Mathematics

Humans didn’t invent mathematics,

it’s what the world is made of

by Sam Baron

Associate professor, Australian Catholic University

Many people think that mathematics is a human invention. To this way of thinking, mathematics is like a language: it may describe real things in the world, but it doesn’t “exist” outside the minds of the people who use it.

But the Pythagorean school of thought in ancient Greece held a different view ... its proponents believed reality is fundamentally mathematical.

More than 2,000 years later, philosophers and physicists are starting to take this idea seriously.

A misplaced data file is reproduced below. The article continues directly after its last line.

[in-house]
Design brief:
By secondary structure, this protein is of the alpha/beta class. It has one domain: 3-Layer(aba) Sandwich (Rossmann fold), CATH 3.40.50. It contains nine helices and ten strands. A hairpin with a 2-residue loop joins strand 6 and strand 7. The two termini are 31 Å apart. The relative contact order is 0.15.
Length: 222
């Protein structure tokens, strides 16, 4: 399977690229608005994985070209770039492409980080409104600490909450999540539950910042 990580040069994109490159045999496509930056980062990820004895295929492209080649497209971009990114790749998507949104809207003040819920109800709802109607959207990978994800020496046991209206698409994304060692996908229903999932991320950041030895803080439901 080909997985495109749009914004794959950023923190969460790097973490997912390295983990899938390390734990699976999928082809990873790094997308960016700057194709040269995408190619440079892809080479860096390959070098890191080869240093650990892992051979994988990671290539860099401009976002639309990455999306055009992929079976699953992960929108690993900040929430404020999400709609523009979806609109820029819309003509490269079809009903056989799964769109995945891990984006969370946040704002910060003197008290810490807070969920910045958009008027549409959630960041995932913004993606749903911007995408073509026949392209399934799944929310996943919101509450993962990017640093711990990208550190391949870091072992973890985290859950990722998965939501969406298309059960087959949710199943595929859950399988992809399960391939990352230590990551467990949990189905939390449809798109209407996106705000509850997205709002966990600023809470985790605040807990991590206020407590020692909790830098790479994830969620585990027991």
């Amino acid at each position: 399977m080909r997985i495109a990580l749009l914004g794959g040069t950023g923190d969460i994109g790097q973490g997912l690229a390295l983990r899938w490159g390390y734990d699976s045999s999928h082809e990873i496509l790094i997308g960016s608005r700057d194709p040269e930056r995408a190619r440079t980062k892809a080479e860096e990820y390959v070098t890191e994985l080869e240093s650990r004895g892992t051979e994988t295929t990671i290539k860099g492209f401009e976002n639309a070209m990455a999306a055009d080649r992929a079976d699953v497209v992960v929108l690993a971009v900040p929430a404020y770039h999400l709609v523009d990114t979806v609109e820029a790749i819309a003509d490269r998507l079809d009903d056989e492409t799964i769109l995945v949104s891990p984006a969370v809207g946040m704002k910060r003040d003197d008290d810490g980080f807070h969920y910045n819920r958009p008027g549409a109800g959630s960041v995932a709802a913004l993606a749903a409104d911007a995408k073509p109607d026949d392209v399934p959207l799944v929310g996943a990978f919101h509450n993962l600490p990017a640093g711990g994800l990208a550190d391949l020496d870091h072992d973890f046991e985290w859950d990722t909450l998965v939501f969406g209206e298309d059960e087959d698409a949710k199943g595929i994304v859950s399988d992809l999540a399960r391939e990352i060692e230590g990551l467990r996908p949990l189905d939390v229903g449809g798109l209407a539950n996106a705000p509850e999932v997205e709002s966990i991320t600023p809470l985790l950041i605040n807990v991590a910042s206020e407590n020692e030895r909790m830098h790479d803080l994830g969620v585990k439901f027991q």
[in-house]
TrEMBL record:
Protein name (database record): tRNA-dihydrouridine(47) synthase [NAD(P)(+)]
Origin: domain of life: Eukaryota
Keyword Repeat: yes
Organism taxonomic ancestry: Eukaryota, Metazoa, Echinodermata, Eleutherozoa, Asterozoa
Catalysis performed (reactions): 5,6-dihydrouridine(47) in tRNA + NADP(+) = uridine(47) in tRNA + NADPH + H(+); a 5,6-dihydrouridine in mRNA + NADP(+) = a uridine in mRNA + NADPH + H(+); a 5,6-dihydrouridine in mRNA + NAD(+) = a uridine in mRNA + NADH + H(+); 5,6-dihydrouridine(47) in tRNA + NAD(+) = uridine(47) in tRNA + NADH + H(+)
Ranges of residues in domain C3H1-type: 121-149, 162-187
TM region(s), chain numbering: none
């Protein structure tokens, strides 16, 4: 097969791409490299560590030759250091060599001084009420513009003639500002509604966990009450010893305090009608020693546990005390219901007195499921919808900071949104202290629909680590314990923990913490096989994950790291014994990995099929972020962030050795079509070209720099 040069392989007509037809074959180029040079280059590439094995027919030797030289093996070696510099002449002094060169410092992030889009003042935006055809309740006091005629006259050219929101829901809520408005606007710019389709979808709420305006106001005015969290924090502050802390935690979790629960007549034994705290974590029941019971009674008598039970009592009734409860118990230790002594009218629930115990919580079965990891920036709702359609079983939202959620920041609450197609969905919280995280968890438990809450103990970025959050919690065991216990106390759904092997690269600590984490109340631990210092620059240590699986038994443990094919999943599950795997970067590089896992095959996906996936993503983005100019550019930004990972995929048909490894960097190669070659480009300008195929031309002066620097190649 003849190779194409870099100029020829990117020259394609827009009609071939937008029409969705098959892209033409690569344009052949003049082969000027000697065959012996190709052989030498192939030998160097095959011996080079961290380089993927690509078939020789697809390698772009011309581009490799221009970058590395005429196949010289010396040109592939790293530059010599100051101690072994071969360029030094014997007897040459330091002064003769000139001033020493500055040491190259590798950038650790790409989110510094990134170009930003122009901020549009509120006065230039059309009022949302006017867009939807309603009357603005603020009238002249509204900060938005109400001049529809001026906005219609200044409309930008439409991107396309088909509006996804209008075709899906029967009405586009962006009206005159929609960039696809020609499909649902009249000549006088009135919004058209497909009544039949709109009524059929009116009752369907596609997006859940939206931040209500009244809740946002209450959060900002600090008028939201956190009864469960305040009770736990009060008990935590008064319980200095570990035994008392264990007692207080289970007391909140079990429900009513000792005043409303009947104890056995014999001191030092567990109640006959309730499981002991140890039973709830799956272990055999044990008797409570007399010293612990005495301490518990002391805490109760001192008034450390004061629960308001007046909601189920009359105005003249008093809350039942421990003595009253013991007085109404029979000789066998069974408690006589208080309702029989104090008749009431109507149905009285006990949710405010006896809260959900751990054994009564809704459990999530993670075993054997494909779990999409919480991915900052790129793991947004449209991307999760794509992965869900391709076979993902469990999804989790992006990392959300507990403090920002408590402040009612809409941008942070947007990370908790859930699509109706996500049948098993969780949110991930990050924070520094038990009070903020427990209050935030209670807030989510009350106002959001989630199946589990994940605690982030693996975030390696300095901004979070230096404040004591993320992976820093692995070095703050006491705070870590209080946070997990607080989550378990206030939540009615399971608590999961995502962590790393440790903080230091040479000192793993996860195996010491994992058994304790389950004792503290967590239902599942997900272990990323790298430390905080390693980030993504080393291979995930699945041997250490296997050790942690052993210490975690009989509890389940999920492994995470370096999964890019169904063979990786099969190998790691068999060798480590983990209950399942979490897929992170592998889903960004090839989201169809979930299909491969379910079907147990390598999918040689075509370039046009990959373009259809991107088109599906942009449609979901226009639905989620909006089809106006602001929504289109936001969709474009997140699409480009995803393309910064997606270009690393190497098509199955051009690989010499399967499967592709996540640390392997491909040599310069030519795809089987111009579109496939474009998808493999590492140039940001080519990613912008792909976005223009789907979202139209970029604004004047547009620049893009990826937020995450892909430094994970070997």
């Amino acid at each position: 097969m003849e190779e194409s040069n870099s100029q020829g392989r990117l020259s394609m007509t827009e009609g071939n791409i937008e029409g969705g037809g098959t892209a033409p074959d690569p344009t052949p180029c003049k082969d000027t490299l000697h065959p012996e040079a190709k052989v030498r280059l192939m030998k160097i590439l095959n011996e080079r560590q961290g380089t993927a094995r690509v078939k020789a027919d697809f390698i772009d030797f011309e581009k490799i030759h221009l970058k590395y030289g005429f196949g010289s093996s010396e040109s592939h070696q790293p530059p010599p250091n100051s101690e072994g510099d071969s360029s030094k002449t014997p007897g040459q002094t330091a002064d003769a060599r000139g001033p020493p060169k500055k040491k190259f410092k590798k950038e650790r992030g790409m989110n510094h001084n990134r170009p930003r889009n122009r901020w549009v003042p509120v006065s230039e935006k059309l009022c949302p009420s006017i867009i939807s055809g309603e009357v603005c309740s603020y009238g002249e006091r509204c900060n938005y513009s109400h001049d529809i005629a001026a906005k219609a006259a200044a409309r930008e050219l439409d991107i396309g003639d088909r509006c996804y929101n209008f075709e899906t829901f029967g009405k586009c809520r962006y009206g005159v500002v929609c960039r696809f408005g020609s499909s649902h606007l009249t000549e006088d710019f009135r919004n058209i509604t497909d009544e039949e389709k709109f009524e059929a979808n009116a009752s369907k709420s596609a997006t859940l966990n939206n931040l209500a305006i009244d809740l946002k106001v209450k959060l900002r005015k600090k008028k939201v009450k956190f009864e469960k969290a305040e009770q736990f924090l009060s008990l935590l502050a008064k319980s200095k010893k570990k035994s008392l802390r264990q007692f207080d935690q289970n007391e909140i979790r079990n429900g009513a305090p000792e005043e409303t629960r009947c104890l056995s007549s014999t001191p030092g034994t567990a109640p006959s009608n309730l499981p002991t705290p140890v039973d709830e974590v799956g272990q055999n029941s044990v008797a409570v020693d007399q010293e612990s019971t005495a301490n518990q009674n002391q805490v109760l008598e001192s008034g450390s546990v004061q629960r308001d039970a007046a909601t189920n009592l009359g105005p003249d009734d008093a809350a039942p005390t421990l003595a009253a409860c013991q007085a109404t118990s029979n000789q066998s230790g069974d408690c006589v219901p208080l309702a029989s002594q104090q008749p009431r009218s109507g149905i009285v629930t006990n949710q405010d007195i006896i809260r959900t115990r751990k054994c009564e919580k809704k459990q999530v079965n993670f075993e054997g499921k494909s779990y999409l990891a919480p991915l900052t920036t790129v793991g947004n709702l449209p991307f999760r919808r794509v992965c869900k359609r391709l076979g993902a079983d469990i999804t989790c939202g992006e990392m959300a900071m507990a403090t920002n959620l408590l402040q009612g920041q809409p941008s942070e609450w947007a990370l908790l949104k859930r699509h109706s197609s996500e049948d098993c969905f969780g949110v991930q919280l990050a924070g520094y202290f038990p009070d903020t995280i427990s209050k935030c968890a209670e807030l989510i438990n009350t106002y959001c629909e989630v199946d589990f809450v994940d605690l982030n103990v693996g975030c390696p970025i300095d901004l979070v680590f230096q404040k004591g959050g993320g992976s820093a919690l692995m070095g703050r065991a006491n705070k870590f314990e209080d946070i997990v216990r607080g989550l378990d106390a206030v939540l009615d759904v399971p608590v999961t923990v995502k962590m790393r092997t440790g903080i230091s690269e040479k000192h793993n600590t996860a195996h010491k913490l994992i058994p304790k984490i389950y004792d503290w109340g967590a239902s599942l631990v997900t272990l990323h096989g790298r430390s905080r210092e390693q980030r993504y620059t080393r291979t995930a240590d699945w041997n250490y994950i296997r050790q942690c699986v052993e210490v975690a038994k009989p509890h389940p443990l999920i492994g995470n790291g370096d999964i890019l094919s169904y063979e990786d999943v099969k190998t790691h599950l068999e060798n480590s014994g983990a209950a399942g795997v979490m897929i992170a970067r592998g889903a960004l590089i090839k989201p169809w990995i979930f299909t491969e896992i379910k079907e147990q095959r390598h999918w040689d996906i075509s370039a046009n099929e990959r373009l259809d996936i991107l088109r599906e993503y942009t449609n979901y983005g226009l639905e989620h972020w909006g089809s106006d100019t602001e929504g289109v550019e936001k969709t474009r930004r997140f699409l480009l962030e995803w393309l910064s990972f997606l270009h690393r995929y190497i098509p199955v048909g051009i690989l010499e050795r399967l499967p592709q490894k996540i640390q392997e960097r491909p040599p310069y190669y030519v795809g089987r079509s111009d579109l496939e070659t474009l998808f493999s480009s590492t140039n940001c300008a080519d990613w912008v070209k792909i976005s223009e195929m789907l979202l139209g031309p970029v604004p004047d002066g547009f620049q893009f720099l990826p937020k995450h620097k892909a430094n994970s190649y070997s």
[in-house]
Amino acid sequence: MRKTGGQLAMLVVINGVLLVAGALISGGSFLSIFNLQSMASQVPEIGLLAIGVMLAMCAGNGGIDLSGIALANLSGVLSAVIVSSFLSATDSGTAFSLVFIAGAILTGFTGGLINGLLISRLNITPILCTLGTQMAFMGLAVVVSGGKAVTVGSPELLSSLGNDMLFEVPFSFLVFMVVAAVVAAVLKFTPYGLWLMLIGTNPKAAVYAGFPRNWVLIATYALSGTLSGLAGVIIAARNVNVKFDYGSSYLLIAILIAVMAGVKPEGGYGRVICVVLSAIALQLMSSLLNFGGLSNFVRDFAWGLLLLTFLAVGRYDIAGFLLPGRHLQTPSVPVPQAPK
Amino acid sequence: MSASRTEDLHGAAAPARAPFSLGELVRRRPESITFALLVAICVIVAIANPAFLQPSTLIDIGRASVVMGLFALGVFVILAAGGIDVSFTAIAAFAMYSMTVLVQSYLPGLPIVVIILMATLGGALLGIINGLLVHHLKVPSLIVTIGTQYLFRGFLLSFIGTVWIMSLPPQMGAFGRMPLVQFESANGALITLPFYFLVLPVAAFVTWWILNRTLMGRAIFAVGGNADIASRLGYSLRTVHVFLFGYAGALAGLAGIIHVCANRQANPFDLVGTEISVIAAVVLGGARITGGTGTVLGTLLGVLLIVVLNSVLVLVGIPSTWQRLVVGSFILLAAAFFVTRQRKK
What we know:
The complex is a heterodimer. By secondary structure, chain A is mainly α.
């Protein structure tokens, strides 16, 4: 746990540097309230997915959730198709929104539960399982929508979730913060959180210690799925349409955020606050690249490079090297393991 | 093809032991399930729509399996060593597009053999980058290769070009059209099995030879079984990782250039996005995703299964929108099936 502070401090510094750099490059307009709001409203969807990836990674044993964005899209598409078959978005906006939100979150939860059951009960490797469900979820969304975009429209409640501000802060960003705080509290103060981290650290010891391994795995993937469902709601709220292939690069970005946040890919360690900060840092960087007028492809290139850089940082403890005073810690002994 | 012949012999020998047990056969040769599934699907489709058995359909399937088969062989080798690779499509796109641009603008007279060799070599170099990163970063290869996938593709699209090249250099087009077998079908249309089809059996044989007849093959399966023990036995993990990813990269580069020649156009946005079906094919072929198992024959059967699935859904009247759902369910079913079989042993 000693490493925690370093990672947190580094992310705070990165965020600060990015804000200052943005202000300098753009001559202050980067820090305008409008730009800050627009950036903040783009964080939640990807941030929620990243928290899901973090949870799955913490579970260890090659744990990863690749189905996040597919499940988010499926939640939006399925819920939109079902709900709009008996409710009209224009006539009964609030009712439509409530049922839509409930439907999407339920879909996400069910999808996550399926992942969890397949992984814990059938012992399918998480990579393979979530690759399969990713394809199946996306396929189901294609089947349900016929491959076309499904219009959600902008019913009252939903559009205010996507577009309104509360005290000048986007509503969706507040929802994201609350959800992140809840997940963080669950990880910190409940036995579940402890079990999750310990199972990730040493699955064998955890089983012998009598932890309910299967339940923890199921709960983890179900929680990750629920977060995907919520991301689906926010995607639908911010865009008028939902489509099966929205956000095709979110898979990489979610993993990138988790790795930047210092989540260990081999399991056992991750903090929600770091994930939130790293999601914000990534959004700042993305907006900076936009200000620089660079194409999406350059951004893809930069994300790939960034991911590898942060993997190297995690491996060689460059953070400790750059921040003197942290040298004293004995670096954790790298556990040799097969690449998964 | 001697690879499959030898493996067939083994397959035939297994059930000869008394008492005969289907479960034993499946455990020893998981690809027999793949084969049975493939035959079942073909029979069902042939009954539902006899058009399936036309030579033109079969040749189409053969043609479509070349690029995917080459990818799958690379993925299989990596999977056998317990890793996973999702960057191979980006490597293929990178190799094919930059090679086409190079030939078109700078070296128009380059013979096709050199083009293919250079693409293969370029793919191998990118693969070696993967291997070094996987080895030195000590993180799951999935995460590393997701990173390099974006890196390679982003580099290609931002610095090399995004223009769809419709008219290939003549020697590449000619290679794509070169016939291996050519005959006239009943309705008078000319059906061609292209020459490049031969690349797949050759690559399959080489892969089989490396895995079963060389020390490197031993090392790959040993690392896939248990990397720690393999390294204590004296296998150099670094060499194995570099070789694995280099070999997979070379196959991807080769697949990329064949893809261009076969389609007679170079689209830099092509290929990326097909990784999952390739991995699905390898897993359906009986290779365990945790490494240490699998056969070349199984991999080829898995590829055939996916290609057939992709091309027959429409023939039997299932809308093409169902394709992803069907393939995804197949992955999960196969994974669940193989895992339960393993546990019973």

As I argue in a new paper, mathematics is an essential component of nature that gives structure to the physical world.

Honeybees and hexagons

Bees in hives produce hexagonal honeycomb. Why?

According to the “honeycomb conjecture” in mathematics, hexagons are the most efficient shape for tiling the plane. If you want to fully cover a surface using tiles of a uniform shape and size, while keeping the total length of the perimeter to a minimum, hexagons are the shape to use.

The hexagonal pattern of honeycomb is the most efficient way to cover a space in identical tiles.

Charles Darwin reasoned that bees have evolved to use this shape because it produces the largest cells to store honey for the smallest input of energy to produce wax.

The honeycomb conjecture was first proposed in ancient times, but was only proved in 1999 by mathematician Thomas Hales.